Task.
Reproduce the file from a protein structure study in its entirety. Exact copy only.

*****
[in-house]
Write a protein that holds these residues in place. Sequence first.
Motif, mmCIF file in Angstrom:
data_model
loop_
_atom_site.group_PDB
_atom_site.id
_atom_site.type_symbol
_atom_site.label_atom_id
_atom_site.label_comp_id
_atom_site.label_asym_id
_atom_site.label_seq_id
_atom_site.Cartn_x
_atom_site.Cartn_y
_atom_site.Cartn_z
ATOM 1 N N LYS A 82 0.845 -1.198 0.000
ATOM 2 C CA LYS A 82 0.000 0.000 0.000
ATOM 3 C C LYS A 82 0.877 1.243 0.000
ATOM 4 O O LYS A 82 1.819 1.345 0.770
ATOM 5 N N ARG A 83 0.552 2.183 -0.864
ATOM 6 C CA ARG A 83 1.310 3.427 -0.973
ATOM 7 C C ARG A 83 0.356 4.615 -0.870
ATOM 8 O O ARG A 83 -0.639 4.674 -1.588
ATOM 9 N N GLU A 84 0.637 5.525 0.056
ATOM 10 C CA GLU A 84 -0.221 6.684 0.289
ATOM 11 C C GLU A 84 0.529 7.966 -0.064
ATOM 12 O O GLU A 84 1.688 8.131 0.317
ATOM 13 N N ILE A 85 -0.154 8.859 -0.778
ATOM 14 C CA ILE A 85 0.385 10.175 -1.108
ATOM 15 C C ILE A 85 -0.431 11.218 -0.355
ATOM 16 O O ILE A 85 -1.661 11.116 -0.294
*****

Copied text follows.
[in-house]
Write a protein that holds these residues in place. Sequence first.
Motif, mmCIF file in Angstrom:
data_model
loop_
_atom_site.group_PDB
_atom_site.id
_atom_site.type_symbol
_atom_site.label_atom_id
_atom_site.label_comp_id
_atom_site.label_asym_id
_atom_site.label_seq_id
_atom_site.Cartn_x
_atom_site.Cartn_y
_atom_site.Cartn_z
ATOM 1 N N LYS A 82 0.845 -1.198 0.000
ATOM 2 C CA LYS A 82 0.000 0.000 0.000
ATOM 3 C C LYS A 82 0.877 1.243 0.000
ATOM 4 O O LYS A 82 1.819 1.345 0.770
ATOM 5 N N ARG A 83 0.552 2.183 -0.864
ATOM 6 C CA ARG A 83 1.310 3.427 -0.973
ATOM 7 C C ARG A 83 0.356 4.615 -0.870
ATOM 8 O O ARG A 83 -0.639 4.674 -1.588
ATOM 9 N N GLU A 84 0.637 5.525 0.056
ATOM 10 C CA GLU A 84 -0.221 6.684 0.289
ATOM 11 C C GLU A 84 0.529 7.966 -0.064
ATOM 12 O O GLU A 84 1.688 8.131 0.317
ATOM 13 N N ILE A 85 -0.154 8.859 -0.778
ATOM 14 C CA ILE A 85 0.385 10.175 -1.108
ATOM 15 C C ILE A 85 -0.431 11.218 -0.355
ATOM 16 O O ILE A 85 -1.661 11.116 -0.294